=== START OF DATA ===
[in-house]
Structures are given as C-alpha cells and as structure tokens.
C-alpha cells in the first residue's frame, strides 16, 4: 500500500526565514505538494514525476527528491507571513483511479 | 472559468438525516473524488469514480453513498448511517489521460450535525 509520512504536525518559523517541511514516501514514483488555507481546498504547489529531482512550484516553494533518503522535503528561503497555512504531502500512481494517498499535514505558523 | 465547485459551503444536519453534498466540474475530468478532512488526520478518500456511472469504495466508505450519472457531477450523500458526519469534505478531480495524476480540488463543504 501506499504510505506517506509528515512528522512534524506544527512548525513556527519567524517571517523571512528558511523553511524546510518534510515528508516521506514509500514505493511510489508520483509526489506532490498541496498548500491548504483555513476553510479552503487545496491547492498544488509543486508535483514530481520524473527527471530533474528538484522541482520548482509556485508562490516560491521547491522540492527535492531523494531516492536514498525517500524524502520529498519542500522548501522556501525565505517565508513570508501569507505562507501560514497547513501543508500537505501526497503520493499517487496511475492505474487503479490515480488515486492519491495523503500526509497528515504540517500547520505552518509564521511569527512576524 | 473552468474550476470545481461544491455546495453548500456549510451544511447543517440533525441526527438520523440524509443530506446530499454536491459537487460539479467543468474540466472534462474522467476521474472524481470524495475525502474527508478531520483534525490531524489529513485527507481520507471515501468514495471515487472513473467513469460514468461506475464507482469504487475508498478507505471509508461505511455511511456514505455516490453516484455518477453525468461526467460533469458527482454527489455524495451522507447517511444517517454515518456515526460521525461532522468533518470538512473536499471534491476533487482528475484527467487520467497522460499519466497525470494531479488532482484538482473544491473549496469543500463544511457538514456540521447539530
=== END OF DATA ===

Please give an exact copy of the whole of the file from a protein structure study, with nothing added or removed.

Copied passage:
[in-house]
Structures are given as C-alpha cells and as structure tokens.
C-alpha cells in the first residue's frame, strides 16, 4: 500500500526565514505538494514525476527528491507571513483511479 | 472559468438525516473524488469514480453513498448511517489521460450535525 509520512504536525518559523517541511514516501514514483488555507481546498504547489529531482512550484516553494533518503522535503528561503497555512504531502500512481494517498499535514505558523 | 465547485459551503444536519453534498466540474475530468478532512488526520478518500456511472469504495466508505450519472457531477450523500458526519469534505478531480495524476480540488463543504 501506499504510505506517506509528515512528522512534524506544527512548525513556527519567524517571517523571512528558511523553511524546510518534510515528508516521506514509500514505493511510489508520483509526489506532490498541496498548500491548504483555513476553510479552503487545496491547492498544488509543486508535483514530481520524473527527471530533474528538484522541482520548482509556485508562490516560491521547491522540492527535492531523494531516492536514498525517500524524502520529498519542500522548501522556501525565505517565508513570508501569507505562507501560514497547513501543508500537505501526497503520493499517487496511475492505474487503479490515480488515486492519491495523503500526509497528515504540517500547520505552518509564521511569527512576524 | 473552468474550476470545481461544491455546495453548500456549510451544511447543517440533525441526527438520523440524509443530506446530499454536491459537487460539479467543468474540466472534462474522467476521474472524481470524495475525502474527508478531520483534525490531524489529513485527507481520507471515501468514495471515487472513473467513469460514468461506475464507482469504487475508498478507505471509508461505511455511511456514505455516490453516484455518477453525468461526467460533469458527482454527489455524495451522507447517511444517517454515518456515526460521525461532522468533518470538512473536499471534491476533487482528475484527467487520467497522460499519466497525470494531479488532482484538482473544491473549496469543500463544511457538514456540521447539530